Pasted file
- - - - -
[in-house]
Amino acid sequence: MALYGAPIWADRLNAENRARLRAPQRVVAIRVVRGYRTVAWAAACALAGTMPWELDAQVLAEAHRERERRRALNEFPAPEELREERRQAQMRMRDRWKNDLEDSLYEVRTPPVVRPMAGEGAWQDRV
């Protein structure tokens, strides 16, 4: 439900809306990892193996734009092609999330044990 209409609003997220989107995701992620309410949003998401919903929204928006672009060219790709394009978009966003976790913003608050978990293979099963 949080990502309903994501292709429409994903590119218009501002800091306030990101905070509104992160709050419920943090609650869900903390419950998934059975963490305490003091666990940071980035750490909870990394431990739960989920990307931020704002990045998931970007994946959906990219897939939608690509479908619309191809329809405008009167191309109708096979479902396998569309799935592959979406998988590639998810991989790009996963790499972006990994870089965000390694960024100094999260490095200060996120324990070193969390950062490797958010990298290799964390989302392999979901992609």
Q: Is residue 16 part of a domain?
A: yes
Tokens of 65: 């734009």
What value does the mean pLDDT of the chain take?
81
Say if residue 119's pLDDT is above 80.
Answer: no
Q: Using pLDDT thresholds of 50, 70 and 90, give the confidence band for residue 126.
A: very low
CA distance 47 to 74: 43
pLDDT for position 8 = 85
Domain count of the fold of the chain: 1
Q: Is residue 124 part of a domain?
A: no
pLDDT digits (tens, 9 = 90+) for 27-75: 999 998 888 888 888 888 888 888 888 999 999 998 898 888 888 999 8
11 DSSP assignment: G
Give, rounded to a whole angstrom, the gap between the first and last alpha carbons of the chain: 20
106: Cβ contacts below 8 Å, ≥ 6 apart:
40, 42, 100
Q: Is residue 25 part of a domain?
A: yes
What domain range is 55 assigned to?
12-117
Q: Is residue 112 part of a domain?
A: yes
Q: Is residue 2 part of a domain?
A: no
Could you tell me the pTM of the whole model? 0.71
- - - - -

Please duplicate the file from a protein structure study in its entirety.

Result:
[in-house]
Amino acid sequence: MALYGAPIWADRLNAENRARLRAPQRVVAIRVVRGYRTVAWAAACALAGTMPWELDAQVLAEAHRERERRRALNEFPAPEELREERRQAQMRMRDRWKNDLEDSLYEVRTPPVVRPMAGEGAWQDRV
């Protein structure tokens, strides 16, 4: 439900809306990892193996734009092609999330044990 209409609003997220989107995701992620309410949003998401919903929204928006672009060219790709394009978009966003976790913003608050978990293979099963 949080990502309903994501292709429409994903590119218009501002800091306030990101905070509104992160709050419920943090609650869900903390419950998934059975963490305490003091666990940071980035750490909870990394431990739960989920990307931020704002990045998931970007994946959906990219897939939608690509479908619309191809329809405008009167191309109708096979479902396998569309799935592959979406998988590639998810991989790009996963790499972006990994870089965000390694960024100094999260490095200060996120324990070193969390950062490797958010990298290799964390989302392999979901992609």
Q: Is residue 16 part of a domain?
A: yes
Tokens of 65: 């734009």
What value does the mean pLDDT of the chain take?
81
Say if residue 119's pLDDT is above 80.
Answer: no
Q: Using pLDDT thresholds of 50, 70 and 90, give the confidence band for residue 126.
A: very low
CA distance 47 to 74: 43
pLDDT for position 8 = 85
Domain count of the fold of the chain: 1
Q: Is residue 124 part of a domain?
A: no
pLDDT digits (tens, 9 = 90+) for 27-75: 999 998 888 888 888 888 888 888 888 999 999 998 898 888 888 999 8
11 DSSP assignment: G
Give, rounded to a whole angstrom, the gap between the first and last alpha carbons of the chain: 20
106: Cβ contacts below 8 Å, ≥ 6 apart:
40, 42, 100
Q: Is residue 25 part of a domain?
A: yes
What domain range is 55 assigned to?
12-117
Q: Is residue 112 part of a domain?
A: yes
Q: Is residue 2 part of a domain?
A: no
Could you tell me the pTM of the whole model? 0.71